Lab-on-a-chip looks inside the brain

By Huw Kidwell

- Last updated on GMT

Related tags Neuron Nervous system

A lab on a chip method has been developed to mimic brain
chemistry and so give a greater understanding of how neurons in the
brain interact in the formation of a nervous system.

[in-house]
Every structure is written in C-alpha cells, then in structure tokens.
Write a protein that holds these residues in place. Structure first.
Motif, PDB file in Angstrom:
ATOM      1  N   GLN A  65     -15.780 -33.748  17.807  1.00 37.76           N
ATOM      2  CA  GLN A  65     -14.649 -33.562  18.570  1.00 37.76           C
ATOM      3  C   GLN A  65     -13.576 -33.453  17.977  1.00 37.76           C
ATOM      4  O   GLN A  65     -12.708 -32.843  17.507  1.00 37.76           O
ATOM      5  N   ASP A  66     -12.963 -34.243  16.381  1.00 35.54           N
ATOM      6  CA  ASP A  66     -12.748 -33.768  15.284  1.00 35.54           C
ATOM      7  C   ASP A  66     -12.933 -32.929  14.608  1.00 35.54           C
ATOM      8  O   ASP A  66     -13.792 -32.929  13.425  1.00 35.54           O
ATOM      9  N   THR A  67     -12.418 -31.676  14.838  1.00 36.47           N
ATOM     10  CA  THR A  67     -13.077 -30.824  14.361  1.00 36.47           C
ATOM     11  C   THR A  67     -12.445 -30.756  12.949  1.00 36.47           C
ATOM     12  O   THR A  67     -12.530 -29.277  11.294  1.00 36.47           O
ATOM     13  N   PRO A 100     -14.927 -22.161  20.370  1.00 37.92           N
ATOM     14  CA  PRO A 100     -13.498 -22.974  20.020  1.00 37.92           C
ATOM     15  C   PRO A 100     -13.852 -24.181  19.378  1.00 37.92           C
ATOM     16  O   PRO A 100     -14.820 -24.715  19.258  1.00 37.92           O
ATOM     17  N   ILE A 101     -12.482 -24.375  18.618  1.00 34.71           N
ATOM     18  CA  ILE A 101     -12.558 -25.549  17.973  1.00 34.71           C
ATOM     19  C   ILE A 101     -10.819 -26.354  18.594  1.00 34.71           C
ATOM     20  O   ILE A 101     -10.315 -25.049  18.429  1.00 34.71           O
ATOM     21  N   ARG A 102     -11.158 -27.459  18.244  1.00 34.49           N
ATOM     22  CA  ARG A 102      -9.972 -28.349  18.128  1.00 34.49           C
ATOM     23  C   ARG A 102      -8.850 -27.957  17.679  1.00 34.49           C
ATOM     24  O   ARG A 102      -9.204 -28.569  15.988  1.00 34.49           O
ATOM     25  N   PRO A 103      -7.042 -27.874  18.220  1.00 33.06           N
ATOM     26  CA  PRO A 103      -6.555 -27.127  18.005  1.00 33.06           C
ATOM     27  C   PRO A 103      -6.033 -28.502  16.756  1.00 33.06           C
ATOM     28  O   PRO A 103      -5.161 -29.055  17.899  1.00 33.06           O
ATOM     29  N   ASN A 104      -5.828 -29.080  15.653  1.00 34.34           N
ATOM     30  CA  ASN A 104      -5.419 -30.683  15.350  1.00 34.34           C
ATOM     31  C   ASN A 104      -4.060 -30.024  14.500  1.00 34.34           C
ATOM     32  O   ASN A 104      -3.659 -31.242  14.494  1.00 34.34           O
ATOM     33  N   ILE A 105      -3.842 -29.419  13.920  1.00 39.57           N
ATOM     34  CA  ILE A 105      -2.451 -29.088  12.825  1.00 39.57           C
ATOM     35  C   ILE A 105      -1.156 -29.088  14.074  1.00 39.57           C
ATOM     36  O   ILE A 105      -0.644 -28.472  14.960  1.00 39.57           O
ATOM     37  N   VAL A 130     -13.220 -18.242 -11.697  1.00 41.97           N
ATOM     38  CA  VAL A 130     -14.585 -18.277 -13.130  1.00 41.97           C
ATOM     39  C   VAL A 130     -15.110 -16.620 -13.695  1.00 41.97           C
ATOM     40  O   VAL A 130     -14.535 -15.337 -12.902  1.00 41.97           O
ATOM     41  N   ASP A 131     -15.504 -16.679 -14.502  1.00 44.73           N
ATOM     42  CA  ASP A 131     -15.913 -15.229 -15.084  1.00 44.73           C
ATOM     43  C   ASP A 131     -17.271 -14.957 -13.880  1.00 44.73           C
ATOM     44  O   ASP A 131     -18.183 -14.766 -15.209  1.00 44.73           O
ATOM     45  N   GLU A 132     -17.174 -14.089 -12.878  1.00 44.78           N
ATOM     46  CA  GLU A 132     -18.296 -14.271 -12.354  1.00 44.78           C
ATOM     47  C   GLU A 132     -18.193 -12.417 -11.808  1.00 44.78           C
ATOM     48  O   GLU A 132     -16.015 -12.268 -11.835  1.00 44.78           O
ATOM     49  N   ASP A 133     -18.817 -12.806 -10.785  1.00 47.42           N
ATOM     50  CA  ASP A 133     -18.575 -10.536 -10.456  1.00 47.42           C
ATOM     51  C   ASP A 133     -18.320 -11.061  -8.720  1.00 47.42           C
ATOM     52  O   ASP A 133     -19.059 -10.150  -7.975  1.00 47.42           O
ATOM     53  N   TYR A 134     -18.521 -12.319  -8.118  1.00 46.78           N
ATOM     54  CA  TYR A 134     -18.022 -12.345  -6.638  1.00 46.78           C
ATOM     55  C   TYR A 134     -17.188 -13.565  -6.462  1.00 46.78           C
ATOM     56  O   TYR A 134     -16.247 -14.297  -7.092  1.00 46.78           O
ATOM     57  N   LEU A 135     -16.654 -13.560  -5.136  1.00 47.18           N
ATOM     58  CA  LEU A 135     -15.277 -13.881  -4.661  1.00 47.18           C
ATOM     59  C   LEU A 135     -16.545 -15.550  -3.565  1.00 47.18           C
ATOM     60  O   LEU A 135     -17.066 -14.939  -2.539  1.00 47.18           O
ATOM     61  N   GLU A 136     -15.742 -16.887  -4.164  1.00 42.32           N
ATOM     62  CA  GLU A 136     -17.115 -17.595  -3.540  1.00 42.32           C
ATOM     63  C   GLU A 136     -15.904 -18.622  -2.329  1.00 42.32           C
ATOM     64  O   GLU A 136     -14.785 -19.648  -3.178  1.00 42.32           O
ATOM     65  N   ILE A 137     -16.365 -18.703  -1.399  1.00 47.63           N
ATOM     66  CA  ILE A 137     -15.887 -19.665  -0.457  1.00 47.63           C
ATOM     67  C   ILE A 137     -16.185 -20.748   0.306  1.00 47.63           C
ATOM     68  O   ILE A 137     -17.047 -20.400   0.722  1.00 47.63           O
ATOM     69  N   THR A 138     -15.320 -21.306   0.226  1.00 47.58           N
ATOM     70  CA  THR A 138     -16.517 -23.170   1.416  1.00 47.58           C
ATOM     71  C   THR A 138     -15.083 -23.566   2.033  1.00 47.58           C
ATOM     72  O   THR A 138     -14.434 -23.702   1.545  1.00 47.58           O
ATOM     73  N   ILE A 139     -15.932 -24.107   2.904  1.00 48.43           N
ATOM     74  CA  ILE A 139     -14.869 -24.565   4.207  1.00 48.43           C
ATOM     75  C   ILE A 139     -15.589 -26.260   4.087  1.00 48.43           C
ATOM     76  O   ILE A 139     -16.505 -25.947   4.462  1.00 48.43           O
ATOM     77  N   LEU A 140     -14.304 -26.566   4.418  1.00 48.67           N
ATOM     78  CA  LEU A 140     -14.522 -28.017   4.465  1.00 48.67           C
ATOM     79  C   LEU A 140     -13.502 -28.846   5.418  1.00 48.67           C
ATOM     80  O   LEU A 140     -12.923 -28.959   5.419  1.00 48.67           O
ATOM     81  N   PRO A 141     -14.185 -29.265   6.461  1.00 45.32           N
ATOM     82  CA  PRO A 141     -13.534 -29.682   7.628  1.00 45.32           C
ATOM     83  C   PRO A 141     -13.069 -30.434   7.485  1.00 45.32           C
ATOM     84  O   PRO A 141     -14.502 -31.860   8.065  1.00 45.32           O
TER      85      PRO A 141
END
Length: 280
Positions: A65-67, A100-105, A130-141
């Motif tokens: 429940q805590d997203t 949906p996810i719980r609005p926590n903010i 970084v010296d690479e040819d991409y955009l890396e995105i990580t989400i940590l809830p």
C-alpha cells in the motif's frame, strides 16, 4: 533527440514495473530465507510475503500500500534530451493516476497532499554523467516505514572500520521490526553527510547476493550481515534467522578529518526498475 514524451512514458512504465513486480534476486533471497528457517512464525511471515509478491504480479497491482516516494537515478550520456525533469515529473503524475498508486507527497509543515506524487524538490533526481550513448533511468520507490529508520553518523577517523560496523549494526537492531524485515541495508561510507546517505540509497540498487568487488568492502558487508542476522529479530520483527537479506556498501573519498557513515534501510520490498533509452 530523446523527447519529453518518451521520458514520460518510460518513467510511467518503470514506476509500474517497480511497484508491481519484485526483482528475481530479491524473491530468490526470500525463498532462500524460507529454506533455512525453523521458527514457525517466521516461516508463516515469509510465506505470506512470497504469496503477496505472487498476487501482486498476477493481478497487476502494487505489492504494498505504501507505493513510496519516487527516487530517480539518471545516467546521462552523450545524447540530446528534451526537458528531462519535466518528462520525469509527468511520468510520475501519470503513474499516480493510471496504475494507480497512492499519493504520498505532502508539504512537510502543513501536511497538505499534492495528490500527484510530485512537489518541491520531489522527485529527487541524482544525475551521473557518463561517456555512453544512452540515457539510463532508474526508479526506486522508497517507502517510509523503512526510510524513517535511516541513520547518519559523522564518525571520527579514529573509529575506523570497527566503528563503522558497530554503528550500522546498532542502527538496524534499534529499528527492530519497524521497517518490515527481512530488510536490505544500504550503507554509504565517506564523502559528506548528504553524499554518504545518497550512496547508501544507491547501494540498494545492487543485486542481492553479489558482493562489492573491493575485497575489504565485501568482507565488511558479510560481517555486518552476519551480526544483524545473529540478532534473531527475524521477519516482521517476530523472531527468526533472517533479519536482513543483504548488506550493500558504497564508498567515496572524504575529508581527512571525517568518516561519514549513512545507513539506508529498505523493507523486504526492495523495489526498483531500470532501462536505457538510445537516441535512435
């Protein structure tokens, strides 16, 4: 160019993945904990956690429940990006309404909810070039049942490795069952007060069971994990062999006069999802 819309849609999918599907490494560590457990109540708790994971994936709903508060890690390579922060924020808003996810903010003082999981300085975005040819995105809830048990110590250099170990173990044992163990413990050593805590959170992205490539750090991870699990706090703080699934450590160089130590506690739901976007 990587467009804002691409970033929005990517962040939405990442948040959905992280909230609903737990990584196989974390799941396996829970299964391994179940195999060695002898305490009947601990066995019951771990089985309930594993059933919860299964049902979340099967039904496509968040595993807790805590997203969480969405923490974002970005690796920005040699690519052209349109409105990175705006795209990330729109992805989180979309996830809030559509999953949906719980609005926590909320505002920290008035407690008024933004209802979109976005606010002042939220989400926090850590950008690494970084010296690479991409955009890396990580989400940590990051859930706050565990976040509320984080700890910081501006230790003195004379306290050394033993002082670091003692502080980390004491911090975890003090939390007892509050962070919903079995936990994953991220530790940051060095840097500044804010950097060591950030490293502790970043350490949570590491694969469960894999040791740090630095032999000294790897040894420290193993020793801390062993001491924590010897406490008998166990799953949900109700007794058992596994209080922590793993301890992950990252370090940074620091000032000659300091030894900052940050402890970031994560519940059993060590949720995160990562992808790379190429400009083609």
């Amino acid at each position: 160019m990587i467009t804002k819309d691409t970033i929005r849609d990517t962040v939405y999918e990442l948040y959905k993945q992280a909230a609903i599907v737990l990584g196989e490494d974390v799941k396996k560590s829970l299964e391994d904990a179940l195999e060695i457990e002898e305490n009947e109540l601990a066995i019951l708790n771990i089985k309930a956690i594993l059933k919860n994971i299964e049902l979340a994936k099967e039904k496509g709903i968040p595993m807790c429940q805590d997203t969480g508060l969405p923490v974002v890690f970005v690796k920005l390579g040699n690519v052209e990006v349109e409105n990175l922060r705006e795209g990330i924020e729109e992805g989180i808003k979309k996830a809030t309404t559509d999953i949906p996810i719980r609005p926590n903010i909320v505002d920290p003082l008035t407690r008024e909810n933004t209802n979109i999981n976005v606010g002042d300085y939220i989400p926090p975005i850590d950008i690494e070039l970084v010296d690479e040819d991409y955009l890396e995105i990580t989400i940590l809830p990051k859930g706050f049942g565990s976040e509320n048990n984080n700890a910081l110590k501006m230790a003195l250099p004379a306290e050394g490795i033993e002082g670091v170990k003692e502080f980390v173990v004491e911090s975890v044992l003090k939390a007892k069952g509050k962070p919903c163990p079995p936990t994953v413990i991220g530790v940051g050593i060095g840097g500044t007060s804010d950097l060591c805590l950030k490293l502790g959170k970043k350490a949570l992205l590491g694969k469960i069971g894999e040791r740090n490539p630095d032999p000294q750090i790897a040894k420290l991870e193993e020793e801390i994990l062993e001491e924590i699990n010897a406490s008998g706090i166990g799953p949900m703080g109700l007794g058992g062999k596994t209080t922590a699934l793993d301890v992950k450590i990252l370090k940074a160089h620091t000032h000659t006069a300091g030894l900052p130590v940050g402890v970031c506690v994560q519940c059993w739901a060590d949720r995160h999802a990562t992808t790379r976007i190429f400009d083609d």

The chip was developed by researchers at the Johns Hopkins Whiting School of Engineering and the School of Medicine in Baltimore, US. The device has a system of channels and wells that allows different chemical signals to be flowed around nerve cells and then allows an observation of their behaviour. The direction a nerve cell decides to grow in is very much influenced by its immediate chemical environment. Dr Andre Levchenko, associate professor of biomedical engineering at the Johns Hopkins Whiting School of Engineering and faculty affiliate of the Institute for NanoBioTechnology commented: "The chip we've developed will make experiments on nerve cells more simple to conduct and to control"​. Dr Guo-li Ming, associate professor of neurology at the Johns Hopkins School of Medicine and Institute for Cell Engineering said: "It is difficult to establish ideal experimental conditions to study how neurons react to growth signals because so much is happening at once that sorting out nerve cell connections is hard, but the chip, designed by experts in both brain chemistry and engineering, offers a sophisticated way to sort things out". ​The experiments to develop the new chip required researchers to put single neurons onto the chip and then by the use of chemicals influence their behaviour. It was determined that growing neurons could be induced to turn and grow toward a high concentration of some chemical compounds attached to the chip surface. The same things were also tried with signalling compounds in solution. The conclusion drawn from these experiments was that neurons can be made to respond to certain chemical signals in a positive and negative fashion. In addition when neurons are subjected to a mix of chemicals they respond randomly and do not accept one chemical signal over and above another one. Dr Ming said: "The ability to combine several different stimuli in the chip resembles a more realistic environment that nerve cells will encounter in the living animal... This in turn will make future studies on the role of neuronal cells in development and regeneration more accurate and complete".

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